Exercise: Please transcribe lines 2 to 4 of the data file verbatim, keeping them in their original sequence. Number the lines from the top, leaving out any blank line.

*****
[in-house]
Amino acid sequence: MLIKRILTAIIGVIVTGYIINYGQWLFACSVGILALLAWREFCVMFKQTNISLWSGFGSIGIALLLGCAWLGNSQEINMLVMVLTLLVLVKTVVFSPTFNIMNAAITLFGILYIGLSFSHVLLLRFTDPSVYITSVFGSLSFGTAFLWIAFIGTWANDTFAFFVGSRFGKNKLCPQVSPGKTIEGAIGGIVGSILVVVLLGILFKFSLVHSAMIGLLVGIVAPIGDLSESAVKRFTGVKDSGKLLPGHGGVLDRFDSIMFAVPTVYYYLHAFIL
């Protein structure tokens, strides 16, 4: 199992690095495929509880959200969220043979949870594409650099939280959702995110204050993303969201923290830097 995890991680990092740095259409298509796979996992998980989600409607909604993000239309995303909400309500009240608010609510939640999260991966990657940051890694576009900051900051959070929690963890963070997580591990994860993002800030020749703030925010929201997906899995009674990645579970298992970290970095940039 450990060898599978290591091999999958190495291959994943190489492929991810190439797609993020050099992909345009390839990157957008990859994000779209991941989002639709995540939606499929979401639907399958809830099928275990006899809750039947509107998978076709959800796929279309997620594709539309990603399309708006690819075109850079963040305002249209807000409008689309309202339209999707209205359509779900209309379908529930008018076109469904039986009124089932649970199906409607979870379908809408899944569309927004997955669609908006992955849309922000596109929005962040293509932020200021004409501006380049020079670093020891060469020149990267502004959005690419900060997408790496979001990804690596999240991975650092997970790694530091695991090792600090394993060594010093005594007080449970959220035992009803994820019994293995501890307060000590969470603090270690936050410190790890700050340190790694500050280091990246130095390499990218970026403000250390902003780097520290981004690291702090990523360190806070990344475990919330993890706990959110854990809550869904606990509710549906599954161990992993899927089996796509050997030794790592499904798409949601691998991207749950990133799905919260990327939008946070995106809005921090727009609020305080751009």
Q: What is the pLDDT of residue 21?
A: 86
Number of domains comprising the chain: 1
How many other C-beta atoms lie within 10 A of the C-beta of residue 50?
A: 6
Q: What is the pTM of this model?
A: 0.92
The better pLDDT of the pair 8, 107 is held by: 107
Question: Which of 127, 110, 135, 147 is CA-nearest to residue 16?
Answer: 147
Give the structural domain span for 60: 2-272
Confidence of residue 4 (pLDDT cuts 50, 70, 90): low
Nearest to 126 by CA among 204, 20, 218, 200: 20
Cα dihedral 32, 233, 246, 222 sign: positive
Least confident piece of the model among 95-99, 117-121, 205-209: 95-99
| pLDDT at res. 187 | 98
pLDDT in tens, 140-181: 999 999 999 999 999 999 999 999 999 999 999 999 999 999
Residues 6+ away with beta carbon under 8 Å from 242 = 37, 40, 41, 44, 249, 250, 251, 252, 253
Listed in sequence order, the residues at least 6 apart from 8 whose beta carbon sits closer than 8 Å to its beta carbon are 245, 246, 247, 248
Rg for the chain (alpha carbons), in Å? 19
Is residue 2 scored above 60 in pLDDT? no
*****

Amino acid sequence: MLIKRILTAIIGVIVTGYIINYGQWLFACSVGILALLAWREFCVMFKQTNISLWSGFGSIGIALLLGCAWLGNSQEINMLVMVLTLLVLVKTVVFSPTFNIMNAAITLFGILYIGLSFSHVLLLRFTDPSVYITSVFGSLSFGTAFLWIAFIGTWANDTFAFFVGSRFGKNKLCPQVSPGKTIEGAIGGIVGSILVVVLLGILFKFSLVHSAMIGLLVGIVAPIGDLSESAVKRFTGVKDSGKLLPGHGGVLDRFDSIMFAVPTVYYYLHAFIL
């Protein structure tokens, strides 16, 4: 199992690095495929509880959200969220043979949870594409650099939280959702995110204050993303969201923290830097 995890991680990092740095259409298509796979996992998980989600409607909604993000239309995303909400309500009240608010609510939640999260991966990657940051890694576009900051900051959070929690963890963070997580591990994860993002800030020749703030925010929201997906899995009674990645579970298992970290970095940039 450990060898599978290591091999999958190495291959994943190489492929991810190439797609993020050099992909345009390839990157957008990859994000779209991941989002639709995540939606499929979401639907399958809830099928275990006899809750039947509107998978076709959800796929279309997620594709539309990603399309708006690819075109850079963040305002249209807000409008689309309202339209999707209205359509779900209309379908529930008018076109469904039986009124089932649970199906409607979870379908809408899944569309927004997955669609908006992955849309922000596109929005962040293509932020200021004409501006380049020079670093020891060469020149990267502004959005690419900060997408790496979001990804690596999240991975650092997970790694530091695991090792600090394993060594010093005594007080449970959220035992009803994820019994293995501890307060000590969470603090270690936050410190790890700050340190790694500050280091990246130095390499990218970026403000250390902003780097520290981004690291702090990523360190806070990344475990919330993890706990959110854990809550869904606990509710549906599954161990992993899927089996796509050997030794790592499904798409949601691998991207749950990133799905919260990327939008946070995106809005921090727009609020305080751009």
Q: What is the pLDDT of residue 21?